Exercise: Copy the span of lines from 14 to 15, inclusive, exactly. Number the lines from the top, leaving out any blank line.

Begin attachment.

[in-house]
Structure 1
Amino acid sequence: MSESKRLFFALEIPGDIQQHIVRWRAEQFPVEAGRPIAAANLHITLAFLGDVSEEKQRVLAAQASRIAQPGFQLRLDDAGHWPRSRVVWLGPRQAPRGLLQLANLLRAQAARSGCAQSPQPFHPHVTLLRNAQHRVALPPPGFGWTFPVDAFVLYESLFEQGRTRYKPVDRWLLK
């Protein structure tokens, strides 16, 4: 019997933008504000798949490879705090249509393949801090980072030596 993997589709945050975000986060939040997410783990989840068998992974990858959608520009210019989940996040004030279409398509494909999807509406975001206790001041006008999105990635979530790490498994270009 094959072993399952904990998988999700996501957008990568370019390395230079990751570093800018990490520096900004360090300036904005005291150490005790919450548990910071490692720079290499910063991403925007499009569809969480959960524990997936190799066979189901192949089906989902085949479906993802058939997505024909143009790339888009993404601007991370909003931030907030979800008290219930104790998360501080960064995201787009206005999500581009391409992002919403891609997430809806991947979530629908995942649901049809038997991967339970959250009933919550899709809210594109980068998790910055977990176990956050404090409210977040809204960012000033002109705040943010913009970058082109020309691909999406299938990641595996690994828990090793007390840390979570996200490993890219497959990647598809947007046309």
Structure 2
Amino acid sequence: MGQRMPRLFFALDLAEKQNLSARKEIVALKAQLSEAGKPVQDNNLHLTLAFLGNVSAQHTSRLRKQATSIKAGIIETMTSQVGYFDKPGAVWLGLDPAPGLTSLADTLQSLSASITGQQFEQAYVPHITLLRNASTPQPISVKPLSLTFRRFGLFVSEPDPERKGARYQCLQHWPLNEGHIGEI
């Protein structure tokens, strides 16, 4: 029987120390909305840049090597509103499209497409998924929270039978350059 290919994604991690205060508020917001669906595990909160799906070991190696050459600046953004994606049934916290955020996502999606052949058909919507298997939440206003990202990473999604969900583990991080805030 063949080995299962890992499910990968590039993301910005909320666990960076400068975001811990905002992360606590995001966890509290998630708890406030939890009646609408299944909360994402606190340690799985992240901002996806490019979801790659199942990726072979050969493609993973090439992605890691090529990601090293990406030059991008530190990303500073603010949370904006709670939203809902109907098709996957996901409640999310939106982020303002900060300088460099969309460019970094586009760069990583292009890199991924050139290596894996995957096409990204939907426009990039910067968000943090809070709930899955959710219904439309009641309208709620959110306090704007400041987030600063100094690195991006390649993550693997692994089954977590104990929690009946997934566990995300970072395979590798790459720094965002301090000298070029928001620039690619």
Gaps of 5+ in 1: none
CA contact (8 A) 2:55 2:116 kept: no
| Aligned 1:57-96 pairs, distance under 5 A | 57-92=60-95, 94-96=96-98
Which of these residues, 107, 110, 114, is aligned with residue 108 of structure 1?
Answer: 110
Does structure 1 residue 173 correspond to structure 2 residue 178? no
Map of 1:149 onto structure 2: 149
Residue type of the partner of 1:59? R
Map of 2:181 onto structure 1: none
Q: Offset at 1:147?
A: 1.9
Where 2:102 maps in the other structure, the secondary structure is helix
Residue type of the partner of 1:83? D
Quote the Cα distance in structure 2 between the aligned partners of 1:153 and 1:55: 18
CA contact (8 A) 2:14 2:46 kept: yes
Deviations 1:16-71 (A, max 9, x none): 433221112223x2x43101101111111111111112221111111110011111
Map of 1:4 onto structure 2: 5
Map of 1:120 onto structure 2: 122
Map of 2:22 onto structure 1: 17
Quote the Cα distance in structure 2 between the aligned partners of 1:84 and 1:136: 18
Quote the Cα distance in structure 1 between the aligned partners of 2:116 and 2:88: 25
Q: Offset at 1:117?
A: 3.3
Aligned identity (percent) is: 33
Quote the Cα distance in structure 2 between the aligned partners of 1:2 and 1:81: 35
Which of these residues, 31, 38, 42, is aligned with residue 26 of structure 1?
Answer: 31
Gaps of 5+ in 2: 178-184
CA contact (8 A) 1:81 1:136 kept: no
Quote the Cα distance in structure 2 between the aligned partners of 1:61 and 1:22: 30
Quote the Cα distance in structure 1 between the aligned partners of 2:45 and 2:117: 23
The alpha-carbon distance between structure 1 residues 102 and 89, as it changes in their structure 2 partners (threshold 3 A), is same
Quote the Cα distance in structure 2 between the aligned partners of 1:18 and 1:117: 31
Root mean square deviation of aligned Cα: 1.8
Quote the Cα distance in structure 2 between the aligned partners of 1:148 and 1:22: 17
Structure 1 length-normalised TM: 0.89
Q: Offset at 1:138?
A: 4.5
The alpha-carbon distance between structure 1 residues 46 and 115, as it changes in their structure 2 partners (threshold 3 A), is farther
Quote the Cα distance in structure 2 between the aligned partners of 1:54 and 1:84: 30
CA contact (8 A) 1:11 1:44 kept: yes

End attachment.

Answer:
Map of 1:149 onto structure 2: 149
Residue type of the partner of 1:59? R